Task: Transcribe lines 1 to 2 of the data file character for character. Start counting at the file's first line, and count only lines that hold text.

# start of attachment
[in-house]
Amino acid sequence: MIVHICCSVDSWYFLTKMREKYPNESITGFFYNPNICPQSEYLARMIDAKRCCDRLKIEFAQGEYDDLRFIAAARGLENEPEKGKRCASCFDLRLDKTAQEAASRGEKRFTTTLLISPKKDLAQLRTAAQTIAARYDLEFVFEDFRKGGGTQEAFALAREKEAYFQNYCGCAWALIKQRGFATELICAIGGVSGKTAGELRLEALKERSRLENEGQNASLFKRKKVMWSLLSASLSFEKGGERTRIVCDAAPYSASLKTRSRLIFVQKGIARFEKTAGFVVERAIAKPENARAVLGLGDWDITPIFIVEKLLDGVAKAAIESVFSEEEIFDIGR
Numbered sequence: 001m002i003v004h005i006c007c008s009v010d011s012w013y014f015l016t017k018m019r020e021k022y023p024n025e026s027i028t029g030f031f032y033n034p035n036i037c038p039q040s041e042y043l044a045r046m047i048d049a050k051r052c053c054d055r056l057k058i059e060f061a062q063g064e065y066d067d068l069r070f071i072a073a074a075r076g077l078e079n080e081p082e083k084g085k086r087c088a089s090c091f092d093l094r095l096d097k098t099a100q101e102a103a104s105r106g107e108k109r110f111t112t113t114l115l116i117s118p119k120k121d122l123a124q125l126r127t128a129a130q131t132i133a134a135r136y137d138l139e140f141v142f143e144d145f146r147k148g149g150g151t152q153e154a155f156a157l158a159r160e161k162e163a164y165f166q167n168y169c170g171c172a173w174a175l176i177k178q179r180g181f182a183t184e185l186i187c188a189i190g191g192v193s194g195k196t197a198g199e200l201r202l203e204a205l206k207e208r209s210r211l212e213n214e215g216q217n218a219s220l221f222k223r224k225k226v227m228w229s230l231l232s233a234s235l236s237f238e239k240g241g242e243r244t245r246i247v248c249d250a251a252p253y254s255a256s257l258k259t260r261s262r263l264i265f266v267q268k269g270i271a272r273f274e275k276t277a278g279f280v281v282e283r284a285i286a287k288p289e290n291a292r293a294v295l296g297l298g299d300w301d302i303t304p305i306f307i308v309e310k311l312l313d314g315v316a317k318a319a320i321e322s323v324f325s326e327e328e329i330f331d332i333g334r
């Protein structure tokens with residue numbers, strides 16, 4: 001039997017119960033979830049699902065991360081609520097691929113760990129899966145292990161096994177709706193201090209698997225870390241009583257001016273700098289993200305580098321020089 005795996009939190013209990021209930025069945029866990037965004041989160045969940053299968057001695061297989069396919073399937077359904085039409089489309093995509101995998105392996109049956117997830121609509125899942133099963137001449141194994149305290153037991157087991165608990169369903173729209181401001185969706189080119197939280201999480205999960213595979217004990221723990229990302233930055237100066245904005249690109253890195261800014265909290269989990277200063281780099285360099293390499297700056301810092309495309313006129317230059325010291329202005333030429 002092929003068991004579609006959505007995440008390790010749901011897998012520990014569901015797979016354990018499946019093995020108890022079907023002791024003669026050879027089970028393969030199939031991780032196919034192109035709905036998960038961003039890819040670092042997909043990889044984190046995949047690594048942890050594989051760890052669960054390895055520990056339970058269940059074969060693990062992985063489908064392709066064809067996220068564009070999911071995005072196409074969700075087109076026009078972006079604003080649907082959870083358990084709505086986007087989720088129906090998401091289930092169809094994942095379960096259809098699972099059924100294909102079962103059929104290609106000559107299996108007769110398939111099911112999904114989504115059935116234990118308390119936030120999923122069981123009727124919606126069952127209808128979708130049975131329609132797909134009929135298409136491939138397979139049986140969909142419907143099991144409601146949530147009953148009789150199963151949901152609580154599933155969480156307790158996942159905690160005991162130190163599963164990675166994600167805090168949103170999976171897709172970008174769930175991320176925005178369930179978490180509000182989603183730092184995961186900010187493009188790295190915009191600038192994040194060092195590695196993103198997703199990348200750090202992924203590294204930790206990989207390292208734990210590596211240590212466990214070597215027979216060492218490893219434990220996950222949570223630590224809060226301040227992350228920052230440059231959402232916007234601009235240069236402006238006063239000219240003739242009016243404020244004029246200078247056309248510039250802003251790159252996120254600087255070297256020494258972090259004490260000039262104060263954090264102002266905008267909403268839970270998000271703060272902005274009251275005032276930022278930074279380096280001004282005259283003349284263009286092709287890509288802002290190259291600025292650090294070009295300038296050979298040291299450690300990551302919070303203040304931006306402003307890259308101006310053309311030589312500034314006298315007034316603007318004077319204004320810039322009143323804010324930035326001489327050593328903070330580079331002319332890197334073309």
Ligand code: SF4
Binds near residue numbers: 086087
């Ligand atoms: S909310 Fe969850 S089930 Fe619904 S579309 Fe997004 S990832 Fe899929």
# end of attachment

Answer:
[in-house]
Amino acid sequence: MIVHICCSVDSWYFLTKMREKYPNESITGFFYNPNICPQSEYLARMIDAKRCCDRLKIEFAQGEYDDLRFIAAARGLENEPEKGKRCASCFDLRLDKTAQEAASRGEKRFTTTLLISPKKDLAQLRTAAQTIAARYDLEFVFEDFRKGGGTQEAFALAREKEAYFQNYCGCAWALIKQRGFATELICAIGGVSGKTAGELRLEALKERSRLENEGQNASLFKRKKVMWSLLSASLSFEKGGERTRIVCDAAPYSASLKTRSRLIFVQKGIARFEKTAGFVVERAIAKPENARAVLGLGDWDITPIFIVEKLLDGVAKAAIESVFSEEEIFDIGR